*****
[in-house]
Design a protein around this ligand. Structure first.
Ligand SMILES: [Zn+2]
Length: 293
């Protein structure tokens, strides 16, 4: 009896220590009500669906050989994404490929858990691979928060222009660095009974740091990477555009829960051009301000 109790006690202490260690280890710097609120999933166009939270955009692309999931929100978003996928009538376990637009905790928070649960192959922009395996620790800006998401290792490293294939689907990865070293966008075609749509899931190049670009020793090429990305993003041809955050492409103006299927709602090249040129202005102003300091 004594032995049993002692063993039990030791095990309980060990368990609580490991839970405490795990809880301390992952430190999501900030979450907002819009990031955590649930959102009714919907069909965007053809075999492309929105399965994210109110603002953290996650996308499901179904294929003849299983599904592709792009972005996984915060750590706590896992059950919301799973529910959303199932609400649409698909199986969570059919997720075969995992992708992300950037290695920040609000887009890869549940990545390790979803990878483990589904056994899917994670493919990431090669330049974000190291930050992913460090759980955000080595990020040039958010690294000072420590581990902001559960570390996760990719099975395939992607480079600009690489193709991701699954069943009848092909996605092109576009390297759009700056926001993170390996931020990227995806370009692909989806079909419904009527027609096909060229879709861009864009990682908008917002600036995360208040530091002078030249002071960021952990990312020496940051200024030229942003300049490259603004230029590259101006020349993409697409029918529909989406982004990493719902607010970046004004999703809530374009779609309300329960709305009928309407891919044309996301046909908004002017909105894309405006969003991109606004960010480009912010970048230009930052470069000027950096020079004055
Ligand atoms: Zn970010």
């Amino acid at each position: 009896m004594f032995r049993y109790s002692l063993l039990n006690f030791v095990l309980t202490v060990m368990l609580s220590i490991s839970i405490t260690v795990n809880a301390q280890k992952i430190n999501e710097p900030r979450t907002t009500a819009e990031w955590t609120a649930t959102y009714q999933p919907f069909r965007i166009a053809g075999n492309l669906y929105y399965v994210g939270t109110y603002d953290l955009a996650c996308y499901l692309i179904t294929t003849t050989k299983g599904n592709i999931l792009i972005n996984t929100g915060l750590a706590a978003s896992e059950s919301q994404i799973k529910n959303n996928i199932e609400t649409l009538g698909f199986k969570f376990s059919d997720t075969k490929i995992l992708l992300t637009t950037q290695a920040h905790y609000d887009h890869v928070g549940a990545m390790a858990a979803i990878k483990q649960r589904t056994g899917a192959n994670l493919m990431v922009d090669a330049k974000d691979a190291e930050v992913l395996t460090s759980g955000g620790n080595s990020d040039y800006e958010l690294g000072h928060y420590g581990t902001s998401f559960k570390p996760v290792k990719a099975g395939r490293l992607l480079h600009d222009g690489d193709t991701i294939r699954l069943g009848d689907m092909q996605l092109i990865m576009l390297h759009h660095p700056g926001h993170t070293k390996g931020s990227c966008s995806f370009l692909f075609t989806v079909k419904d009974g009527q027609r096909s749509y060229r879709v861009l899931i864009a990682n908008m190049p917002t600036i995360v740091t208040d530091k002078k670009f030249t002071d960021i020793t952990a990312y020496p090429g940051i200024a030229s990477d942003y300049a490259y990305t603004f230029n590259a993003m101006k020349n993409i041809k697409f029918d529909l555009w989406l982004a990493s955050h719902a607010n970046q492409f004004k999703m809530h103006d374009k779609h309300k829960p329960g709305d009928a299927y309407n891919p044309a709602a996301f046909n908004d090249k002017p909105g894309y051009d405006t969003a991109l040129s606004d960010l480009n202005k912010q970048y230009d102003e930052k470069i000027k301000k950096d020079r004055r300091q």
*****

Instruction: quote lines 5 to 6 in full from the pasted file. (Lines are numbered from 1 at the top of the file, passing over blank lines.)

């Protein structure tokens, strides 16, 4: 009896220590009500669906050989994404490929858990691979928060222009660095009974740091990477555009829960051009301000 109790006690202490260690280890710097609120999933166009939270955009692309999931929100978003996928009538376990637009905790928070649960192959922009395996620790800006998401290792490293294939689907990865070293966008075609749509899931190049670009020793090429990305993003041809955050492409103006299927709602090249040129202005102003300091 004594032995049993002692063993039990030791095990309980060990368990609580490991839970405490795990809880301390992952430190999501900030979450907002819009990031955590649930959102009714919907069909965007053809075999492309929105399965994210109110603002953290996650996308499901179904294929003849299983599904592709792009972005996984915060750590706590896992059950919301799973529910959303199932609400649409698909199986969570059919997720075969995992992708992300950037290695920040609000887009890869549940990545390790979803990878483990589904056994899917994670493919990431090669330049974000190291930050992913460090759980955000080595990020040039958010690294000072420590581990902001559960570390996760990719099975395939992607480079600009690489193709991701699954069943009848092909996605092109576009390297759009700056926001993170390996931020990227995806370009692909989806079909419904009527027609096909060229879709861009864009990682908008917002600036995360208040530091002078030249002071960021952990990312020496940051200024030229942003300049490259603004230029590259101006020349993409697409029918529909989406982004990493719902607010970046004004999703809530374009779609309300329960709305009928309407891919044309996301046909908004002017909105894309405006969003991109606004960010480009912010970048230009930052470069000027950096020079004055
Ligand atoms: Zn970010």